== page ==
Without direct overhead lighting, these keys are pretty hard to see if the built-in lighting is turned off.


So let’s get to the lighting — it’s your standard per-key RGB array, with some animation effects like “breathing” and “striping,” which can be further modified by brightness and speed. There aren’t too many patterns by default, but many more can be configured using the QMK-based key configurator web page Drop provides.

The default patterns range from single colors “spotlighting” their way across the keyboard to a gentle “breathing” pattern and color choices at various brightness levels. In addition, the lighting strip around the bottom of the keyboard can be set for a different color or pattern than the keys themselves.

One of our favorite features of the keycaps that come with the unit is that they are the higher-quality, more expensive PBT double-coated keycaps, which are much more durable — and, importantly, don’t develop a “greasy shine” over time like the cheaper ABS plastic keycaps. It would be nice if Apple could use this material for its flatter keyboards.

As for travel, this keyboard has a total travel of four millimeters/0.16 inches, which should satisfy most gamers, and the response time is fast. However, if you plan on using this keyboard a lot, we’d recommend buying a wrist rest to go along with it, as one is not included.

The build quality of the Drop ALT keyboard is impressive for a compact mechanical keyboard. CNC-machined aluminum layers on the top and bottom of the board are “sandwiched” by a plastic layer that acts as a light diffuser, and the unit, from the keys on down, feels as though no expense was spared.

The side view really shows the build quality, keycaps, and switches.

The side view shows the build quality, keycaps, and switches.

Although the ALT is highly customizable, first-time customizers will want to track down a tutorial in the QMK firmware procedures and feel confident in “flashing” your keyboard if you want to set up custom keymappings. Drop’s own website for this is adequate but doesn’t seem to have been updated in a while.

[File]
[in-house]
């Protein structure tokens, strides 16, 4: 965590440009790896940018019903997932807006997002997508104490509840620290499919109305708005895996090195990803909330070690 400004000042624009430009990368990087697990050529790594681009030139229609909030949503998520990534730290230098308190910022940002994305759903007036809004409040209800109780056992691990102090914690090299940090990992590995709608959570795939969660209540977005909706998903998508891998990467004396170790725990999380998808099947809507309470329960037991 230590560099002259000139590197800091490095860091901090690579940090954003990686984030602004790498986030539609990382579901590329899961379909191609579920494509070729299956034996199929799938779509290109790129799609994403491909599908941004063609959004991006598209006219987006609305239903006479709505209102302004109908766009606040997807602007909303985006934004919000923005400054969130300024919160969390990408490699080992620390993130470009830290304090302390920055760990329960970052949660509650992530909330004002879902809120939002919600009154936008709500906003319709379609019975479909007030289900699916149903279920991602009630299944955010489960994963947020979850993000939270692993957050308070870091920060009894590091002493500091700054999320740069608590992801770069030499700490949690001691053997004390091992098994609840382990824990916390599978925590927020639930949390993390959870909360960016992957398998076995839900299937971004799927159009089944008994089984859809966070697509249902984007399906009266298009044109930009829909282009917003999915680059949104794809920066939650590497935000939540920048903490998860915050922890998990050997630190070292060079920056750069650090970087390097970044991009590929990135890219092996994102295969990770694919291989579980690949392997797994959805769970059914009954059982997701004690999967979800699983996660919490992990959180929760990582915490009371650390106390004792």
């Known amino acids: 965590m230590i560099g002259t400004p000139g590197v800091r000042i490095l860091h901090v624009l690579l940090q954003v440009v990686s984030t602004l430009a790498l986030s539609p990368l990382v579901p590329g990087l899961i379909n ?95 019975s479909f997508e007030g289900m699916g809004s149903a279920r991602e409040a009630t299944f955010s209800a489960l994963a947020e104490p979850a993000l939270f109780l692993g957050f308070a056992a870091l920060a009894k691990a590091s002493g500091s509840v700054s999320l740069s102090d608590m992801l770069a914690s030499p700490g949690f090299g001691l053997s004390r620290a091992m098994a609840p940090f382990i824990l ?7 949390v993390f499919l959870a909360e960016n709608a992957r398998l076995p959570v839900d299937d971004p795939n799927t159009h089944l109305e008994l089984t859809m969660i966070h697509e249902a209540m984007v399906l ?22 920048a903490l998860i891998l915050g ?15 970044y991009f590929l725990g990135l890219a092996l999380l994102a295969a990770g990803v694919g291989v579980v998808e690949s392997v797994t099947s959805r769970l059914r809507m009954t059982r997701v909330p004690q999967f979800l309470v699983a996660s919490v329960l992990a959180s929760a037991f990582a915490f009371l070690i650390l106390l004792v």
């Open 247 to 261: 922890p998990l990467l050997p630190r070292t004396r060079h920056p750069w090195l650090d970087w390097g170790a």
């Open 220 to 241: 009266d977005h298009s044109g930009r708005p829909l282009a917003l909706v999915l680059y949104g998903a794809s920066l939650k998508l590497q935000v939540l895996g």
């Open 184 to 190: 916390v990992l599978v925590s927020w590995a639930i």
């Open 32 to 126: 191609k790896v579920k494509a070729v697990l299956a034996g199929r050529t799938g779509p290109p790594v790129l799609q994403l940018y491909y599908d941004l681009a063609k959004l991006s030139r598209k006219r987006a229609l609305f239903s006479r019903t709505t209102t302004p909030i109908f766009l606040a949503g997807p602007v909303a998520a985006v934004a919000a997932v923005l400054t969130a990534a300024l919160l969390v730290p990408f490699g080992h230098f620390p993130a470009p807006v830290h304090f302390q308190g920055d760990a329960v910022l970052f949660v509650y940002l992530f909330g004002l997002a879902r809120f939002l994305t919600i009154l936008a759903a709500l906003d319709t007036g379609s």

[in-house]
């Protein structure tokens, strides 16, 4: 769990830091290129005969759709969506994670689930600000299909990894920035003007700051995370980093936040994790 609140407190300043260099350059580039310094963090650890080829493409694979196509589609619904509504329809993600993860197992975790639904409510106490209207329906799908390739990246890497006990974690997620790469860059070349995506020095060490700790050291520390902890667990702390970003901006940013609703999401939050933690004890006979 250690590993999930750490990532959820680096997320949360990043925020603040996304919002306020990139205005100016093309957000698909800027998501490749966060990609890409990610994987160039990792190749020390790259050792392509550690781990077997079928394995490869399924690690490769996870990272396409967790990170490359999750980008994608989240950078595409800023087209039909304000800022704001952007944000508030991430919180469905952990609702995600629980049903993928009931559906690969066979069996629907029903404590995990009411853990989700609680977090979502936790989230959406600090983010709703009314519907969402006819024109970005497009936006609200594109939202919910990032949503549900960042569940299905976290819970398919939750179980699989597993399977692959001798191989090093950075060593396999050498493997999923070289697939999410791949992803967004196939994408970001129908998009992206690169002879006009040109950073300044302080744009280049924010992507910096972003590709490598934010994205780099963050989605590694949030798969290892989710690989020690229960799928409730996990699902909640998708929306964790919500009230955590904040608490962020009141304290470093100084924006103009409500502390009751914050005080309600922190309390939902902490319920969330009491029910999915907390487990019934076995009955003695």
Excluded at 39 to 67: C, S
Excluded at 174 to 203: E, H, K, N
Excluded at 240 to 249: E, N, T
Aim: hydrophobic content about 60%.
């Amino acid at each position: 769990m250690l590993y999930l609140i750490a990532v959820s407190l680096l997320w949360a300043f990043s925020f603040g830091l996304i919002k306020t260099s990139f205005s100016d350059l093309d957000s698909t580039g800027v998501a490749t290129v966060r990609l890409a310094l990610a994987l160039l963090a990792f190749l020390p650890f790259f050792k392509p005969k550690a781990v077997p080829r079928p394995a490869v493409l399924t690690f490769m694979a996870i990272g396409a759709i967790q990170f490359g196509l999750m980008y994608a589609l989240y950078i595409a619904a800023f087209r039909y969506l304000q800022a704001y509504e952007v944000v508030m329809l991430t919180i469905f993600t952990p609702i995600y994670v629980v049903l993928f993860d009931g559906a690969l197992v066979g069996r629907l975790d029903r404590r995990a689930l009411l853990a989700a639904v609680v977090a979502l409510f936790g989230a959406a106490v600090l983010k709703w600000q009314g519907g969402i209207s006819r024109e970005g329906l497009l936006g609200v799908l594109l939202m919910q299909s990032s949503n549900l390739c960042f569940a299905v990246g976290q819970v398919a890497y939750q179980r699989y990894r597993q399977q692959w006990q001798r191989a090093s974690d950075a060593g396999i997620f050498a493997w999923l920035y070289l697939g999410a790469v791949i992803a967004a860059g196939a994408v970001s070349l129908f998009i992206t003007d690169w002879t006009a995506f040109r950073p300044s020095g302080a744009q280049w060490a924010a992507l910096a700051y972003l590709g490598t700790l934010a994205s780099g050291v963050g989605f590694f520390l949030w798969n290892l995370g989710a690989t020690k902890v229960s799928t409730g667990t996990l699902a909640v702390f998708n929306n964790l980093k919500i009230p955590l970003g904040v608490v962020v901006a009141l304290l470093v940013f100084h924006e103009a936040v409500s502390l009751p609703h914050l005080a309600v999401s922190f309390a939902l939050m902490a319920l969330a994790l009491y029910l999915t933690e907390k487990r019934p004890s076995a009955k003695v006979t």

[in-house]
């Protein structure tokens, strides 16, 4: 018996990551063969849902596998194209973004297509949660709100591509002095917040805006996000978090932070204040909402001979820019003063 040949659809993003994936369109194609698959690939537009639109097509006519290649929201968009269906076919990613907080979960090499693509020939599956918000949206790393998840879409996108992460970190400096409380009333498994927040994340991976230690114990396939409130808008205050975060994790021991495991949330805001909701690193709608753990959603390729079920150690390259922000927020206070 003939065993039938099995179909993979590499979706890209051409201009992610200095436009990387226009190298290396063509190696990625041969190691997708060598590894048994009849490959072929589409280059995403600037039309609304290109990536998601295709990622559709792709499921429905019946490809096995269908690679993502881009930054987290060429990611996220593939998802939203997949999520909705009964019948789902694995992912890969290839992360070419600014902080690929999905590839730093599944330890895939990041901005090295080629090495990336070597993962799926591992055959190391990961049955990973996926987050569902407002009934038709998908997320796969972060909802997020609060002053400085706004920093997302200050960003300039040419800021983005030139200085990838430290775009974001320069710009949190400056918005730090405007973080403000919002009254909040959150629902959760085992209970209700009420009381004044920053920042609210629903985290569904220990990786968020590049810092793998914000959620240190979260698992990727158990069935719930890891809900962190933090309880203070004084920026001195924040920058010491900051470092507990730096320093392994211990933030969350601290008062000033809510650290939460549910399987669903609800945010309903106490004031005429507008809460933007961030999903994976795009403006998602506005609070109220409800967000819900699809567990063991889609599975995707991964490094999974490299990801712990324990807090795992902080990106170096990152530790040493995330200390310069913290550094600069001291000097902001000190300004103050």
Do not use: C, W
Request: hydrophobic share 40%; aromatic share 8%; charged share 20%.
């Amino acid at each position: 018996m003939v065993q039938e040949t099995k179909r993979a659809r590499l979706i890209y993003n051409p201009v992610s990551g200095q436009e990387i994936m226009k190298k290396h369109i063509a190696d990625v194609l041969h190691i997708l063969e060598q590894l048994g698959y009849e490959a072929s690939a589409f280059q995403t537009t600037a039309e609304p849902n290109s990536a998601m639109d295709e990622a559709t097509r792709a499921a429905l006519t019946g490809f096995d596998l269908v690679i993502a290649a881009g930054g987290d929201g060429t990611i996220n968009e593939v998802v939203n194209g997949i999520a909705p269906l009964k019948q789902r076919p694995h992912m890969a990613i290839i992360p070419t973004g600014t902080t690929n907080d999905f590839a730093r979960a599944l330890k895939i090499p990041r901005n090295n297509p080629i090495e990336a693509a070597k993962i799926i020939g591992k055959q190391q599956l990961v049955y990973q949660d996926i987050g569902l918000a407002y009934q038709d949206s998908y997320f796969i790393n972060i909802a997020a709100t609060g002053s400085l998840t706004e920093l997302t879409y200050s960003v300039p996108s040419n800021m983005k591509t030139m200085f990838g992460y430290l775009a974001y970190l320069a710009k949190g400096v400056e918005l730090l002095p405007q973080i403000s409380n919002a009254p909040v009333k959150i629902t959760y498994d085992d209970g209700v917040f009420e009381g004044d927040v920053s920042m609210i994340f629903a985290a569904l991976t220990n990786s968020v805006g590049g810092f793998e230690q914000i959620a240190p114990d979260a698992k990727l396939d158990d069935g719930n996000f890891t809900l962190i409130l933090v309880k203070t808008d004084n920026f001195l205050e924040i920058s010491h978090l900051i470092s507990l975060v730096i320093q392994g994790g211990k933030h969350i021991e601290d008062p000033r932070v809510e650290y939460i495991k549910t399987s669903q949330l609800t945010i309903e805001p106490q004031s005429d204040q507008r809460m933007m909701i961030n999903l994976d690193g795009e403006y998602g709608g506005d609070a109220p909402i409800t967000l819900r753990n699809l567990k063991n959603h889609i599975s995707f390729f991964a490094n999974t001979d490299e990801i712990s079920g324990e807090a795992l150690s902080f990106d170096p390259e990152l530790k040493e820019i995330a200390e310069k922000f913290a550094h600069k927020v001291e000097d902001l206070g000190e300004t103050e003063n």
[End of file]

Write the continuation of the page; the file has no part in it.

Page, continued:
The company offers a one-year warranty included, with the option of purchasing a three-year extended warranty for an extra $35. In addition, you can order the keyboard with a matte-black finish or a matte-gray finish.

This is a gaming keyboard you would take to a gaming convention or friends’ houses, but it’s a bit too “clicky” and colorful to be toting around to the coffee shop. Nevertheless, we enjoyed the games we played on it and just regular typing on it.

There is a certain nostalgia for the days of the early PC and Apple keyboards that had this level of travel. We didn’t have any trouble switching back and forth between the ALT and our current MacBook Pro and iPad keyboards.

Before you order, remember that tenkeyless keyboards and the more compact size of the ALT means it may not work as well as the company’s CTRL keyboard for some games. That said, the ALT is one of the most impressive mechanical keyboards we’ve ever seen in the compact form factor for build quality, highly customizable design, and attention to detail.

Of course, we still haven’t been able to memorize the various FN+[key] customization controls fully. Novice users may be disappointed by the arcane QMK flashing procedure when custom software could have been developed for this instead.

Drop ALT Mechanical Keyboard – pros

  • Solid build quality
  • Keycaps that stand up over time
  • Fast response and good travel
  • Tools included to easily replace keycaps and switches as desired

Drop ALT Mechanical Keyboard – cons

  • QMK reprogramming may be intimidating
  • Default light patterns are pretty generic
  • Key characters are hard to see when lighting is off

Rating: 3.5 out of 5

Where to buy the Drop ALT Mechanical Keyboard

The retail price of the ALT keyboard is $180, but it is frequently available at a discount.

Both the ALT and the larger CTRL keyboards, along with “bare bones” versions for those with their own keycaps and switches, are available directly from the Drop website, as well as their Amazon Storefront.